MacIntosh To Clear The Roads? Believe It

mac1Drive the streets of Washington, and you’ll quickly understand why so many politicians are hot about infrastructure.

D.C. roads aren’t impassable, so you can reach your destination eventually, but along the way you’ll inevitably encounter potholes, detours and other time-wasting obstacles.

Set up server products to work with Mac clients, and you’ll quickly think of the D.C. streets. The Mac’s inadequate networking infrastructure has condemned it to the role of second-class network client and turned many server software vendors into the equivalent of road crews.

Fortunately, unlike the D.C. roads, Mac networking appears to be headed for a dramatic turn for the better. We were tickled to hear reports of Novell alpha testing an IPX protocol stack for the Mac. Native IPX support on the Mac would bring Mac clients one step closer to parity with PC clients in heavy NetWare shops.

To see what this development can mean if you have both Macs and PCs, consider the problem of setting up an Oracle NLM database server on a NetWare server.

Supporting PC clients is easy. They probably run IPX, and the Oracle server NLM speaks IPX, so you just use the existing PC protocol stacks, install the server software and you’re in business.

Not so easy

The Mac clients, however, can’t run IPX. Oracle supplies a TCP/IP stack for Mac clients, so you must use that — as well, of course, as TCP/IP software on the server. You end up with two types of protocol stacks to support.

With native IPX support on the Mac, the Mac clients and the PC clients can talk to the Oracle NLM the same way. Fewer protocols on the wire and on the server mean simpler network and server management, easier routing and generally fewer problems all around.

Server software vendors will also be happy to see IPX on the Mac. Today, a vendor that wants to target the bulk of the installed client PCs must develop an IPX-based solution. However, doing so cuts out Macs, so the vendor either must abandon Macs — for at least a while — or develop an alternative that uses TCP/IP or another protocol available on the Mac. Such a vendor must still develop a Mac front end to its server product, but at least it won’t have to customize the server software just to deal with M acs.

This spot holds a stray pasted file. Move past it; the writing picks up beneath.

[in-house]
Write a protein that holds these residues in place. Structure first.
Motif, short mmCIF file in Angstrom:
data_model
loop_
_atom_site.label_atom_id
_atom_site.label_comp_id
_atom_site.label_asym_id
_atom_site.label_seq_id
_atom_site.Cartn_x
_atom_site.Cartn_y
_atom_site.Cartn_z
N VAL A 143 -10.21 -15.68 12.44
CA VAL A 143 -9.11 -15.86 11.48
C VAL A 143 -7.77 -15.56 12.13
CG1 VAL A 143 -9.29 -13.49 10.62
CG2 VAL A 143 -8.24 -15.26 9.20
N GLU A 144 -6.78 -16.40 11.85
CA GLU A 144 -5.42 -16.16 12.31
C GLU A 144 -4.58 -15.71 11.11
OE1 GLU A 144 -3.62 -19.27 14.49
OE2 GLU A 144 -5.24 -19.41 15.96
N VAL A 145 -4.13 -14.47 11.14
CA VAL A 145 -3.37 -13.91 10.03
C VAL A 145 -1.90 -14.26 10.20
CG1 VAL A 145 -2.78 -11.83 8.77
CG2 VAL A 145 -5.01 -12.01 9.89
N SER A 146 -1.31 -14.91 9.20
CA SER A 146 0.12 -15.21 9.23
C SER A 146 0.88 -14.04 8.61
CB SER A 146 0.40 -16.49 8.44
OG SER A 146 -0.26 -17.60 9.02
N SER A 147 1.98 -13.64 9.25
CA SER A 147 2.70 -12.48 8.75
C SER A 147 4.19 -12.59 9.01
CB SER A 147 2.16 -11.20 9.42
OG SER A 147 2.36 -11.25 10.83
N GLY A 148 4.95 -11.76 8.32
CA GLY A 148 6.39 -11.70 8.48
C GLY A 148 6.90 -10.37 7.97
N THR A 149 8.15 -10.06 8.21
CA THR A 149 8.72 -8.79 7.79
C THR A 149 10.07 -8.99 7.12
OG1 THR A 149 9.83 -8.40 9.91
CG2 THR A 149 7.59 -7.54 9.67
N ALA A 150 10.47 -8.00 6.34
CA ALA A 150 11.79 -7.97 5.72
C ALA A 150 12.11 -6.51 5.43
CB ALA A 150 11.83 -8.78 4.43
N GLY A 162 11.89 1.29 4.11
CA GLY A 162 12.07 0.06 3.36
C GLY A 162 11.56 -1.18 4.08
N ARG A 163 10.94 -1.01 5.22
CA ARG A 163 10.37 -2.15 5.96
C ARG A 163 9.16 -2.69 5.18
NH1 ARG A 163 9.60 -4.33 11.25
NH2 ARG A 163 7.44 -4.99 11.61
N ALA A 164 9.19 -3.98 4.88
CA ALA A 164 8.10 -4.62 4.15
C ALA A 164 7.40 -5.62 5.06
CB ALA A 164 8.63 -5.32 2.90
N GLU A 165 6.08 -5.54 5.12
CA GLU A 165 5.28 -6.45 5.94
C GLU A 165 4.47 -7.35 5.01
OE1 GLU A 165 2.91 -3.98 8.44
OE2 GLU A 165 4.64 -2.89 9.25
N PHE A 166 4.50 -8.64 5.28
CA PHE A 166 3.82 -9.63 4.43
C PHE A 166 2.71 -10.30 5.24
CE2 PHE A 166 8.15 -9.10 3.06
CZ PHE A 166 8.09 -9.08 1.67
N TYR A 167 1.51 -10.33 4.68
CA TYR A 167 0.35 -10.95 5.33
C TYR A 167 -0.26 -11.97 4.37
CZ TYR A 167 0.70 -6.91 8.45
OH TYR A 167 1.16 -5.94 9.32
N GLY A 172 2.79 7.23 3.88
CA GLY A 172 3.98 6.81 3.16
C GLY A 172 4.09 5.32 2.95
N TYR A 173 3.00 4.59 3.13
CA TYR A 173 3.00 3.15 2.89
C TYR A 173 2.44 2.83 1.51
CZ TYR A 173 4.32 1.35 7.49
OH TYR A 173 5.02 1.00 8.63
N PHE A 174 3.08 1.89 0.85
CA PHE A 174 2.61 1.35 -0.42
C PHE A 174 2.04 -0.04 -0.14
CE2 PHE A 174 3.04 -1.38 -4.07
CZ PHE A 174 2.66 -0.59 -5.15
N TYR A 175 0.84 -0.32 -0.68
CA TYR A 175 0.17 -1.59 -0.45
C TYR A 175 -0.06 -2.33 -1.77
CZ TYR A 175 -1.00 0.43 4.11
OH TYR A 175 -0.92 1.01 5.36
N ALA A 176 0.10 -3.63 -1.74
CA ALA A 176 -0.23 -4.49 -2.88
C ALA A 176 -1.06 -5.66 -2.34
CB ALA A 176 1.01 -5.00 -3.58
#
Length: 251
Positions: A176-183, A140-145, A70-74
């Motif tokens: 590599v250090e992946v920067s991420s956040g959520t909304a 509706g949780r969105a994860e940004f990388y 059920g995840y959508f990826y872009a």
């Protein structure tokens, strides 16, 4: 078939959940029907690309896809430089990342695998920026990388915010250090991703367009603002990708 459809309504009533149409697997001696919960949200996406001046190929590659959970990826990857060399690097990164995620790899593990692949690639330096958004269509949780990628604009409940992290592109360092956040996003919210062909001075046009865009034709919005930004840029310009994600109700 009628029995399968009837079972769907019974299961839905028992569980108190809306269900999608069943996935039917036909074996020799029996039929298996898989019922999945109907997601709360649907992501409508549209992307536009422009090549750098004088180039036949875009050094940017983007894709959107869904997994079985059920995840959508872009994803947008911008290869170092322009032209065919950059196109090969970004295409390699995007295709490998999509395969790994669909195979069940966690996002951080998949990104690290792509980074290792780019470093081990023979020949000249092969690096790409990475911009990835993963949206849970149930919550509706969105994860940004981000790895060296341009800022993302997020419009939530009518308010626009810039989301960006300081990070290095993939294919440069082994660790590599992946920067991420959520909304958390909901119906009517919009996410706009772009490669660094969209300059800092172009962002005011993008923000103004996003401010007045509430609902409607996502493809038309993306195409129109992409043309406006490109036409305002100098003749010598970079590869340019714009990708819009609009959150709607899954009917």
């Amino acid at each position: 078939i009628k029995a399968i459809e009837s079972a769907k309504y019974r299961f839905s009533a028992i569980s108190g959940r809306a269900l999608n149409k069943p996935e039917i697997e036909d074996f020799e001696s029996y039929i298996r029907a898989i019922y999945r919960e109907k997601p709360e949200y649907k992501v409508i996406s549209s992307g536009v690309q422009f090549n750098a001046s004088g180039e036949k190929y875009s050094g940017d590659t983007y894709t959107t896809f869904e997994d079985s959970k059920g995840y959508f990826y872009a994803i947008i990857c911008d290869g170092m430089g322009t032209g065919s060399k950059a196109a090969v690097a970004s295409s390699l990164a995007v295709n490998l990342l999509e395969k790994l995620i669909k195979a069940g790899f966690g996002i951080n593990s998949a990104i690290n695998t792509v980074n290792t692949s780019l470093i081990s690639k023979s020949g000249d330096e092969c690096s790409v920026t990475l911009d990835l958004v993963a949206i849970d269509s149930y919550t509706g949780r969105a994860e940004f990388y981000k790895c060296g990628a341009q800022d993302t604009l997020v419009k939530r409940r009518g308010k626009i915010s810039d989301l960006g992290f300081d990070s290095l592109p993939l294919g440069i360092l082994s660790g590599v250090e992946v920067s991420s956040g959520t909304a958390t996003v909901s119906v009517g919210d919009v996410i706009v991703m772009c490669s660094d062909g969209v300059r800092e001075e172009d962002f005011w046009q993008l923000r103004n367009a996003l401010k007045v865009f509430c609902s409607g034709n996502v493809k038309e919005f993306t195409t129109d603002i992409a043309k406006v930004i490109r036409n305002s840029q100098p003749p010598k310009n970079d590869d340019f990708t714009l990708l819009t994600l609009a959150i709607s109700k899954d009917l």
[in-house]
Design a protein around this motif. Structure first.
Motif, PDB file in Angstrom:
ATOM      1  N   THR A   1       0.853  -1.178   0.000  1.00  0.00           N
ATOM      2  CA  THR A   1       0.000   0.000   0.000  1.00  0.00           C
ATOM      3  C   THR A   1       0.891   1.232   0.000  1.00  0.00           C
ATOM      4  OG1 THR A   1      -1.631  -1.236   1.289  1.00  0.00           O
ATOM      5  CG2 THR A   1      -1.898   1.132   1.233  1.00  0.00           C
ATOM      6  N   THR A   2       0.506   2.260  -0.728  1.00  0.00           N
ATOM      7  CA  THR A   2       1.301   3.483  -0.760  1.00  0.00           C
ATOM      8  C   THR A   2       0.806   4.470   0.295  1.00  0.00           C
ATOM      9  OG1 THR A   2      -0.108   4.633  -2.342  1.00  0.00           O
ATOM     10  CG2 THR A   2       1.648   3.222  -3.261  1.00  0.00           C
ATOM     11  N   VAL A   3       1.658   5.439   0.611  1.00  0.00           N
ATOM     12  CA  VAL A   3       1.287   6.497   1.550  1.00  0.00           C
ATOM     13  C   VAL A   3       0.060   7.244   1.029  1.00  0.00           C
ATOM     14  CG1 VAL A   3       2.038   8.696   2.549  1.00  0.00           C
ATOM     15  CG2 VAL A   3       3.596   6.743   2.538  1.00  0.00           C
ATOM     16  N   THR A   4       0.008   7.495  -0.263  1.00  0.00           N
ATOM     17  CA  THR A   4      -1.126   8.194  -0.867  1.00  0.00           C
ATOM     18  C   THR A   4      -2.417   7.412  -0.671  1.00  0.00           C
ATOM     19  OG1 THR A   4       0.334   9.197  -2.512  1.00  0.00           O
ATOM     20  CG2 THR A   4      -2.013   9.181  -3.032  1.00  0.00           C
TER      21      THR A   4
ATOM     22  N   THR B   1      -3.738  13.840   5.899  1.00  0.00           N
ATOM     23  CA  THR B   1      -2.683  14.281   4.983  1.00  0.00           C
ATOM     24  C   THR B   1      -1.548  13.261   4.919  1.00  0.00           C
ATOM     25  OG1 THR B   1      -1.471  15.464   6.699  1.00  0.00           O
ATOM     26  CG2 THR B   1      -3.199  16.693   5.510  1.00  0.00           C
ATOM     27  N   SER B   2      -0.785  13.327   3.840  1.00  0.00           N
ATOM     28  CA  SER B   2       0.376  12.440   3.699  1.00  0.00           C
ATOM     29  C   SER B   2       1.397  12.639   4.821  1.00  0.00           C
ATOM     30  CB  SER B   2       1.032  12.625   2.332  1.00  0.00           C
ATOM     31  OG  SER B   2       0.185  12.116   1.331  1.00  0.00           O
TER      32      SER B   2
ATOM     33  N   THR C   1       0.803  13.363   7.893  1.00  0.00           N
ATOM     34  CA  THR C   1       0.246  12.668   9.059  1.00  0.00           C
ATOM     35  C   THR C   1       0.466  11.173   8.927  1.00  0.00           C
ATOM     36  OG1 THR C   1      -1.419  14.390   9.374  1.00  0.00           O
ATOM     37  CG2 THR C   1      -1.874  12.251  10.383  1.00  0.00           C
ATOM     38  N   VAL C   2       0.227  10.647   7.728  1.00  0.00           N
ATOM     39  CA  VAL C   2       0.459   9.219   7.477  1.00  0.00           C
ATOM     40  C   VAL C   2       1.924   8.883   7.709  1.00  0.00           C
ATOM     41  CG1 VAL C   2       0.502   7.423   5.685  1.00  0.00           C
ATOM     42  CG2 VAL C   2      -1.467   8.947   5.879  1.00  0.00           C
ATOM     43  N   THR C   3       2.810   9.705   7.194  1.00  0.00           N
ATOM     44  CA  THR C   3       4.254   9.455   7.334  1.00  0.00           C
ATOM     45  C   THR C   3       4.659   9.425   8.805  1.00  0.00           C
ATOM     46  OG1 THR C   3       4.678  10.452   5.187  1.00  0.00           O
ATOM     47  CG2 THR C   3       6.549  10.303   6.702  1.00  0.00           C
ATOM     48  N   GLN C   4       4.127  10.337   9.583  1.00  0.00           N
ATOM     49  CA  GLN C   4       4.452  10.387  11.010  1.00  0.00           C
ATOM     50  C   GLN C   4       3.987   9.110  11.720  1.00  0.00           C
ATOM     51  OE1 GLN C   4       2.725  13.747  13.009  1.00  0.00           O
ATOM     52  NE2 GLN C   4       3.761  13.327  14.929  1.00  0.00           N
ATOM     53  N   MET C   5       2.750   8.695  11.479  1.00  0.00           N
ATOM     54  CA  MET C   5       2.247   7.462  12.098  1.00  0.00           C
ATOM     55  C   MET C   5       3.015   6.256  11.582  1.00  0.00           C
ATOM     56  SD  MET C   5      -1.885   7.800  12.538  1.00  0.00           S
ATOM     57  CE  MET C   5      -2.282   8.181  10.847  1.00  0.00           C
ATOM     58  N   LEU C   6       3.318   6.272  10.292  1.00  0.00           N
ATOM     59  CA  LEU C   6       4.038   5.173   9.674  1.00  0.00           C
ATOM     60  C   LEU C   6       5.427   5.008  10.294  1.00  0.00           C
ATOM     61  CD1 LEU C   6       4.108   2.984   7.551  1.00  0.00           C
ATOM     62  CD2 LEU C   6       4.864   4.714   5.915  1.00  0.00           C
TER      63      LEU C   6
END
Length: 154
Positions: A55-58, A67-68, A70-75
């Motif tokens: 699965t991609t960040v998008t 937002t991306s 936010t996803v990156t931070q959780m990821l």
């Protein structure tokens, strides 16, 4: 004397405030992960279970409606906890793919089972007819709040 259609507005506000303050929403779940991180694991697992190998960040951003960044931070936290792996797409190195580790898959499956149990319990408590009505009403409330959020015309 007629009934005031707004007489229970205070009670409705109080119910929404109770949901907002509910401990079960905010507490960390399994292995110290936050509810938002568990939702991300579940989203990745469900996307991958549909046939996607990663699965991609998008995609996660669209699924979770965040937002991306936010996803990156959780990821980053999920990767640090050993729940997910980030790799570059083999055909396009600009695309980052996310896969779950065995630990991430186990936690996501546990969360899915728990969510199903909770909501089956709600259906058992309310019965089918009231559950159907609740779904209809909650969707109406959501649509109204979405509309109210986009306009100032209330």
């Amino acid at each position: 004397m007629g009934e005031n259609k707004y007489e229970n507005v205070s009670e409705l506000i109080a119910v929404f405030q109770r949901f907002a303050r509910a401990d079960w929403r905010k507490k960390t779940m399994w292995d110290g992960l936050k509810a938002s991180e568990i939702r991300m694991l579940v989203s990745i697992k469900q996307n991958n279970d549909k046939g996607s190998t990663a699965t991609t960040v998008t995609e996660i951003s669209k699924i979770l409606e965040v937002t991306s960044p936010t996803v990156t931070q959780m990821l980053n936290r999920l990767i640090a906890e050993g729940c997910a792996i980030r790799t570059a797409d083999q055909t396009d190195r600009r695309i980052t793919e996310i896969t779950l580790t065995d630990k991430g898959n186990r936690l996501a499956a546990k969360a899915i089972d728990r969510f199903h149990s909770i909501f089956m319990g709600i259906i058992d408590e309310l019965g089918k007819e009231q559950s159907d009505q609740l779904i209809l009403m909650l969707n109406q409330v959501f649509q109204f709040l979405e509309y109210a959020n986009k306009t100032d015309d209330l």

Mac client support for key server software products should thus hit the market faster than before. This should help not just database servers, but also such server programs as workgroup software. (Who knows, maybe the Mac version of Lotus Notes might have hit the market already if IPX for the Mac were available.)

Another interesting effect of giving IPX support to Macs is that Macs can more easily run software that serves PCs. If a Mac application server didn’t require any changes on its client PCs, there’s no reason it couldn’t compete with PC-based application servers. (No reason, that is, except for the sorry state of Mac server hardware, but we’ve covered that ground already.)

Of course, simply bringing IPX to the Mac is not enough. To take full advantage of some of the server software out there today, the Mac also needs a native NetBIOS implementation.

Further, IPX on the Mac should be a fully supported Mac protocol, so Apple’s AppleTalk Filing Protocol (AFP) can run over it. You should be able to use Mac servers to supply AFP file services over IPX if you so desire.

Finally, Apple should sell, or even give away, IPX for the Mac. Our understanding is that Mac IPX software will be available only as part of application software that uses it. Instead, the IPX support should be part of the Mac operating system. We’ve suggested before that Apple and Novell would make good partners; here’s another case where they could scratch each other’s back nicely.

If all goes well, IPX for the Mac should be ready in April –about the time the paving crews will be patching the winter potholes of Washington’s streets.

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